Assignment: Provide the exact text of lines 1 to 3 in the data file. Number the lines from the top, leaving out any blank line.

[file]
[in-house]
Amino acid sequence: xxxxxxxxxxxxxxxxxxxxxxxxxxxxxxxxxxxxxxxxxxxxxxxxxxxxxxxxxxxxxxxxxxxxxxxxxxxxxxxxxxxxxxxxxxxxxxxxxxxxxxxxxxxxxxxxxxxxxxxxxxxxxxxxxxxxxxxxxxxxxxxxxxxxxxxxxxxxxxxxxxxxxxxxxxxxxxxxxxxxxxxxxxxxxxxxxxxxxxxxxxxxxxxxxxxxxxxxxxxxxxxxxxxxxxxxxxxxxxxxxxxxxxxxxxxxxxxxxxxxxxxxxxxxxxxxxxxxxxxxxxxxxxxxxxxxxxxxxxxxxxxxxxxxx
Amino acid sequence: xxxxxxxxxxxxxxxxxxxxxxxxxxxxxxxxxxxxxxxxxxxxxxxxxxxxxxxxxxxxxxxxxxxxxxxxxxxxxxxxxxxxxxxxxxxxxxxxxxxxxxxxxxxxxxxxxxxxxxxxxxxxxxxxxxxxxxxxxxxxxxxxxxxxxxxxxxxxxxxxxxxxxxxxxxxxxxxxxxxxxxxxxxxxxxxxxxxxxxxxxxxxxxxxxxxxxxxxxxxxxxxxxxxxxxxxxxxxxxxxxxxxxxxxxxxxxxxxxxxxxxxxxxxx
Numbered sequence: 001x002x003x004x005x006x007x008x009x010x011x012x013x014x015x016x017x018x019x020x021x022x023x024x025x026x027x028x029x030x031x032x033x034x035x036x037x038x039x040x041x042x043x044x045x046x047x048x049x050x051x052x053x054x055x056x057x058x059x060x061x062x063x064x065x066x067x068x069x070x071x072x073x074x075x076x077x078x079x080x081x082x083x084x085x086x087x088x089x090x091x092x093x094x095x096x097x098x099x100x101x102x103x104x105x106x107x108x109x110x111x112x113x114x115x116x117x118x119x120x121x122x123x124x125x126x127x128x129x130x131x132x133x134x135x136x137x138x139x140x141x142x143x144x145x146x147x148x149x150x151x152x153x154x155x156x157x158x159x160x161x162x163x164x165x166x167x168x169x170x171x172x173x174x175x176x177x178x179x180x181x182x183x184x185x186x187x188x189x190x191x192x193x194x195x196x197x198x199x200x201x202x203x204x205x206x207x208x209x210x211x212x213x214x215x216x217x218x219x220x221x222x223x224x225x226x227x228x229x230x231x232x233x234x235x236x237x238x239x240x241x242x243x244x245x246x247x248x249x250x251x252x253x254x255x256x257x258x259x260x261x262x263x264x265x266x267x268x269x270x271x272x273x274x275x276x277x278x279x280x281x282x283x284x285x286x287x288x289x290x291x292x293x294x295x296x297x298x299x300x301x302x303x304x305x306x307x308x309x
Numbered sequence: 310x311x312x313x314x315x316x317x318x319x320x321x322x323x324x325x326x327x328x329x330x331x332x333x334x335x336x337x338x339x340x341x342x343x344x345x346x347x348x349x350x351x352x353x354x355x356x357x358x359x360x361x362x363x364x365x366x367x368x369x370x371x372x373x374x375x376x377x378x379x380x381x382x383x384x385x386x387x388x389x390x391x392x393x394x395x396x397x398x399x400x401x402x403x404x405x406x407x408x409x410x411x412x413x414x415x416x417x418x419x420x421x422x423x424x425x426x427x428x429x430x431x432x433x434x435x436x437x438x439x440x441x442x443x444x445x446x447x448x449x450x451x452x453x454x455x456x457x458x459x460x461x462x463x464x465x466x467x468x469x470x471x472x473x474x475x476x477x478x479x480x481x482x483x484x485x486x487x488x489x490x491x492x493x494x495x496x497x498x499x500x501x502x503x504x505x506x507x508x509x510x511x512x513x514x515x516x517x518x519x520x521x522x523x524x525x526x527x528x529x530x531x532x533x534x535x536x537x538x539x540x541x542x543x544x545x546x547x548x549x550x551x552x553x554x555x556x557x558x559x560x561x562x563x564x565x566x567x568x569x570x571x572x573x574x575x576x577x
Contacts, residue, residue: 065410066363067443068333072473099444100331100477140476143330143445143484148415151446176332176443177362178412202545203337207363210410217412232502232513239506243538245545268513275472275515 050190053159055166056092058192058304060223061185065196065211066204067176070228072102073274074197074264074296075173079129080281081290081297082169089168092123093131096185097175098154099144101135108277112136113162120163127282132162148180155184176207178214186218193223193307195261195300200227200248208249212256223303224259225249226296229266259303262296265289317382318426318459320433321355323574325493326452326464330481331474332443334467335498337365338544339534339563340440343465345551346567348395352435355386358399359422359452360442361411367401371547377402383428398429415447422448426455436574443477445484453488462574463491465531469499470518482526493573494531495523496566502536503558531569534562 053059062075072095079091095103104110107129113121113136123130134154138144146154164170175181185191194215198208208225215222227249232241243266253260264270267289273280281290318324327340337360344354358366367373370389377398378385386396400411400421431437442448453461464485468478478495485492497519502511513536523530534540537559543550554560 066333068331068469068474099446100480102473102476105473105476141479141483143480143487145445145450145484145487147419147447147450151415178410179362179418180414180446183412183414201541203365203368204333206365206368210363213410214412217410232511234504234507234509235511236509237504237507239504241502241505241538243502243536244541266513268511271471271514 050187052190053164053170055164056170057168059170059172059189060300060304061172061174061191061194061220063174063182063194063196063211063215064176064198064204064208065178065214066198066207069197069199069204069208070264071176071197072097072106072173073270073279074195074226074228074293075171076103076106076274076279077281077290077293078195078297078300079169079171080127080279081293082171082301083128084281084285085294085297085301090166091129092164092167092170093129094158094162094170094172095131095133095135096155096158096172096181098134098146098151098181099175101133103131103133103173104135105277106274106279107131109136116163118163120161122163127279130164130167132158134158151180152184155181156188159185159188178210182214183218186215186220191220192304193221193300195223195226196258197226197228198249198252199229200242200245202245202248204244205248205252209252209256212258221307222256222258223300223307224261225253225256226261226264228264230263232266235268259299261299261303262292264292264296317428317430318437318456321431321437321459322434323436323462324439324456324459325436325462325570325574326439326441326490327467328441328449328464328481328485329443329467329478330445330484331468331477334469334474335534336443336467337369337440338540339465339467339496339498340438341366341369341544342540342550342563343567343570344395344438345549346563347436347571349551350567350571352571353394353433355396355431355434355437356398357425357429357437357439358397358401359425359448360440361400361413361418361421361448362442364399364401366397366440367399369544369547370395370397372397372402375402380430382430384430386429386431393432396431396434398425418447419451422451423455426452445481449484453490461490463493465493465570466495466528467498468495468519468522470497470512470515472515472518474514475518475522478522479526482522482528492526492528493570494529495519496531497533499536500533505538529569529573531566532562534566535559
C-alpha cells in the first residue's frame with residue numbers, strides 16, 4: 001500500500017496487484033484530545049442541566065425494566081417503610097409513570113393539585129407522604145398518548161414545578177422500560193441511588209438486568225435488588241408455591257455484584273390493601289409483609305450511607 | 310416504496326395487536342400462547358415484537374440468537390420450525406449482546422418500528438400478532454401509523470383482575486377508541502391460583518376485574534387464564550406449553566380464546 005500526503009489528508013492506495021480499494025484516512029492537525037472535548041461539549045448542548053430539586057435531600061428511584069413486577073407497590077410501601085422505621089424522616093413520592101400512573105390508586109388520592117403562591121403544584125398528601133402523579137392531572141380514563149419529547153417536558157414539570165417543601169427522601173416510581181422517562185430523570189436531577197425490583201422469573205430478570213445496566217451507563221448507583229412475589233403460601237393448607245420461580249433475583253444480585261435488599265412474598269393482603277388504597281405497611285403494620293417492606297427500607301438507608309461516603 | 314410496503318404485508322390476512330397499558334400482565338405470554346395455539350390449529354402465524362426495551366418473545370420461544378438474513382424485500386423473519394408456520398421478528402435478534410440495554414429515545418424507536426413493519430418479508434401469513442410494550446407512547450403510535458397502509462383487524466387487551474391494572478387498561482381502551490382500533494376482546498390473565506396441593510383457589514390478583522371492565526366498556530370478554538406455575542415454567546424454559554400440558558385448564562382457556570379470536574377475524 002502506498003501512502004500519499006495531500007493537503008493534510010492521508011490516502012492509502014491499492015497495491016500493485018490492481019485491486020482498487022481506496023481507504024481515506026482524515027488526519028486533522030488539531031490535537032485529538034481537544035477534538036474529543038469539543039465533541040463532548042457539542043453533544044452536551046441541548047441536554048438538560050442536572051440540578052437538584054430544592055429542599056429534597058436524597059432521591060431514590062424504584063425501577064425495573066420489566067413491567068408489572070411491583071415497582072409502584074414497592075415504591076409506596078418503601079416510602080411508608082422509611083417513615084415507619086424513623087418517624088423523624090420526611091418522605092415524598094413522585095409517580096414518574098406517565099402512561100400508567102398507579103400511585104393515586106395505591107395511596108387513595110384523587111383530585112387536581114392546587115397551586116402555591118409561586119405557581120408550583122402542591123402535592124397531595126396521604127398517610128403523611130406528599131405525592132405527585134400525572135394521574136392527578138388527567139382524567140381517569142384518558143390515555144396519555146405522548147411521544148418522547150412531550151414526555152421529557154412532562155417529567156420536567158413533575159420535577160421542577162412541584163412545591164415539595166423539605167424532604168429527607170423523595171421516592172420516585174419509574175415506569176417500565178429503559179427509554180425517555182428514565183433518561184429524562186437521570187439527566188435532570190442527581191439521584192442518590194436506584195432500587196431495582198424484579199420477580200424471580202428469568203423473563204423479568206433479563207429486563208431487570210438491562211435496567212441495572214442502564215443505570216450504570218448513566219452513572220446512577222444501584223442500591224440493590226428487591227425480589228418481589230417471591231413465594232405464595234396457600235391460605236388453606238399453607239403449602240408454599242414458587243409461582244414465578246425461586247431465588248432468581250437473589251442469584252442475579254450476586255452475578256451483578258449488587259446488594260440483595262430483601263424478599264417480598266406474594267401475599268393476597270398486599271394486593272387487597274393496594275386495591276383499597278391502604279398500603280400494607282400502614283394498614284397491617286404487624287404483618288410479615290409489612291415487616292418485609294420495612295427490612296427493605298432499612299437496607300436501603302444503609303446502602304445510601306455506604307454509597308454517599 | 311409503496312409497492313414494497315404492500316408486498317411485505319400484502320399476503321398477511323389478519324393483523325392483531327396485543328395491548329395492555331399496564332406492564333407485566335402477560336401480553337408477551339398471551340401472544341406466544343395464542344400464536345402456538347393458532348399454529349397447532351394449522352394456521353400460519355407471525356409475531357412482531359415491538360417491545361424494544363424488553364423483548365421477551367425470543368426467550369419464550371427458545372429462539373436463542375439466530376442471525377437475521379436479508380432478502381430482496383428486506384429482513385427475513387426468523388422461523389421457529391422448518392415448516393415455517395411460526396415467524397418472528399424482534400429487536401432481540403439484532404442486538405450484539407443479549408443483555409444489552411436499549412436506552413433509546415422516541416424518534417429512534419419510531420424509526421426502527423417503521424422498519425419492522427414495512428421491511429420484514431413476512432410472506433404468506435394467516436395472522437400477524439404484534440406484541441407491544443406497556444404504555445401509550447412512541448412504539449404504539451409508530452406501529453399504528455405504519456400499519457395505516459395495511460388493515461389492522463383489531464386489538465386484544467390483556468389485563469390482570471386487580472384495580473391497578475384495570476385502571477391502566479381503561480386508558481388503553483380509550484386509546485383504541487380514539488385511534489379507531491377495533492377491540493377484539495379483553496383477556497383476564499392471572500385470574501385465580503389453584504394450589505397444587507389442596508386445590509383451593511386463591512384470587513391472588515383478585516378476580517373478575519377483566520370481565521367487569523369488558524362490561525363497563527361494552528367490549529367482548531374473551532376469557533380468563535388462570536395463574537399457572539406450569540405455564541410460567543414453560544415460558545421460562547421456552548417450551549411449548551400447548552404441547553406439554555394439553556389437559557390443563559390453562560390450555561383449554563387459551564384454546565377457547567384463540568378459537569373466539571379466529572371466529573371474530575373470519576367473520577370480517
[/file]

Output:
[in-house]
Amino acid sequence: xxxxxxxxxxxxxxxxxxxxxxxxxxxxxxxxxxxxxxxxxxxxxxxxxxxxxxxxxxxxxxxxxxxxxxxxxxxxxxxxxxxxxxxxxxxxxxxxxxxxxxxxxxxxxxxxxxxxxxxxxxxxxxxxxxxxxxxxxxxxxxxxxxxxxxxxxxxxxxxxxxxxxxxxxxxxxxxxxxxxxxxxxxxxxxxxxxxxxxxxxxxxxxxxxxxxxxxxxxxxxxxxxxxxxxxxxxxxxxxxxxxxxxxxxxxxxxxxxxxxxxxxxxxxxxxxxxxxxxxxxxxxxxxxxxxxxxxxxxxxxxxxxxxxx
Amino acid sequence: xxxxxxxxxxxxxxxxxxxxxxxxxxxxxxxxxxxxxxxxxxxxxxxxxxxxxxxxxxxxxxxxxxxxxxxxxxxxxxxxxxxxxxxxxxxxxxxxxxxxxxxxxxxxxxxxxxxxxxxxxxxxxxxxxxxxxxxxxxxxxxxxxxxxxxxxxxxxxxxxxxxxxxxxxxxxxxxxxxxxxxxxxxxxxxxxxxxxxxxxxxxxxxxxxxxxxxxxxxxxxxxxxxxxxxxxxxxxxxxxxxxxxxxxxxxxxxxxxxxxxxxxxxxx